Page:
Royal Dutch Shell has stopped Arctic oil and gas exploration off the coast of Alaska after “disappointing” results from a key well in the Chukchi Sea.
Shell said it did not find sufficient amounts of oil and gas in the Burger J well to warrant further exploration.
The company has spent about $7bn (£4.5bn) on Arctic offshore development in the Chukchi and Beaufort seas.
“Shell continues to see important exploration potential in the basin, and the area is likely to ultimately be of strategic importance to Alaska and the US,” said Marvin Odum, president of Shell USA.
“However, this is a clearly disappointing exploration outcome for this part of the basin.”
Environmental groups oppose Arctic offshore drilling and say industrial activity and more greenhouse gases will harm polar bears, walrus and ice seals.
Over the summer, protesters in kayaks unsuccessfully tried to block Arctic-bound Shell vessels in Seattle and Portland, Oregon.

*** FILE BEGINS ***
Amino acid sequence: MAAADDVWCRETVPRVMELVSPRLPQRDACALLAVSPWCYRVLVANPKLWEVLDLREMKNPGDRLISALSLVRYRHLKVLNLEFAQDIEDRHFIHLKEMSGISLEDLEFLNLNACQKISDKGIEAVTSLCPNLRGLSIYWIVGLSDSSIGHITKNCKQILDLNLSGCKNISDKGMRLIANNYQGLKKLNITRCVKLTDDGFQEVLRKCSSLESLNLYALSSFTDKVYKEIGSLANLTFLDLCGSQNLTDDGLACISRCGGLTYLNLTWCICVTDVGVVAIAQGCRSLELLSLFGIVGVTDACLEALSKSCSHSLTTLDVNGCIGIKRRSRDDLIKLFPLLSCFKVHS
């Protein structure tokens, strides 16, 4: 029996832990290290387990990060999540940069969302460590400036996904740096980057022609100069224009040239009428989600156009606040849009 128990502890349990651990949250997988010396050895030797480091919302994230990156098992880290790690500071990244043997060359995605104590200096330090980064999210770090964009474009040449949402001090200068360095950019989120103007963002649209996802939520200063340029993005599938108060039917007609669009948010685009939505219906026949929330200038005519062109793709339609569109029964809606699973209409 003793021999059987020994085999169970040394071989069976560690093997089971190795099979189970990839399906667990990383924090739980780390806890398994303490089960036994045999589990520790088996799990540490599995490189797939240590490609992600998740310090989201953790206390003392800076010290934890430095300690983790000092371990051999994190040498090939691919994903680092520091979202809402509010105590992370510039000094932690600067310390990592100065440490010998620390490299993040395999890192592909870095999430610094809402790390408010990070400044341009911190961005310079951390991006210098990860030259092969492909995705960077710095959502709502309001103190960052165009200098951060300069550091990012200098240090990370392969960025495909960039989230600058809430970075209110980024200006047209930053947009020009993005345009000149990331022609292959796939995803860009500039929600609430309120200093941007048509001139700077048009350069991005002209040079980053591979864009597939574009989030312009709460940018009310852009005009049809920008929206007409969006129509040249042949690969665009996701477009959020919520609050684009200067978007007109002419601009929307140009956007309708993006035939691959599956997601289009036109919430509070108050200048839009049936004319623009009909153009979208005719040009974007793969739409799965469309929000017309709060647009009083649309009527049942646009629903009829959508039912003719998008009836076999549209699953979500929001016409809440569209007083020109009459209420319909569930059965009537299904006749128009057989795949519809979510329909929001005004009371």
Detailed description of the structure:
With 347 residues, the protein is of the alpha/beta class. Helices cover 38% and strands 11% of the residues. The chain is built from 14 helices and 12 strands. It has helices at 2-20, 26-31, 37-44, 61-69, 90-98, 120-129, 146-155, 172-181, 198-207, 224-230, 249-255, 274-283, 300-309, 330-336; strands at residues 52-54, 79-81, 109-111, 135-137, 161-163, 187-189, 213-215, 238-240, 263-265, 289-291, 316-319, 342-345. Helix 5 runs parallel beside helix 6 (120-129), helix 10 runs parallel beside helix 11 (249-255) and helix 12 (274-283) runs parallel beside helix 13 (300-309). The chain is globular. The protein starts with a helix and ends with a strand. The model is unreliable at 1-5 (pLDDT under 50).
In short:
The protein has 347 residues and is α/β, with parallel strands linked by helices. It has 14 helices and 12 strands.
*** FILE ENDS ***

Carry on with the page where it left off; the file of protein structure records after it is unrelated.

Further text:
Shell said it would take financial charges as a result of halting exploration, which it would disclose during its third quarter results. The company has existing contracts for rigs, ships and other assets.
The US Geological Survey estimates that the Arctic holds about 30% of the world’s undiscovered natural gas, as well as 13% of its oil.
According to Shell, this amounts to around 400 billion barrels of oil equivalent, 10 times the total oil and gas produced in the North Sea to date.
Environmentalists are jubilant at Shell’s withdrawal from the Arctic.
Greenpeace ran a campaign protesting that firms have already found three times more fossil fuels than scientists say can be safely burned without risk of destabilising the climate.
They also warned that an accident was likely in the brutal Arctic weather. And they said if a spill happened, it would impossible to clear up oil spreading under sea ice.
Shell maintained that it had the technology to cope with a spill, and that the world still needed oil and gas.
But some other leading figures in the oil industry said they were staying out of the Arctic because of the huge exploration costs and reputational risk – especially at a time of low oil prices.
And Hillary Clinton, a Democratic hopeful for the US Presidency, has said she would block new permits for Alaskan offshore drilling because it’s too risky.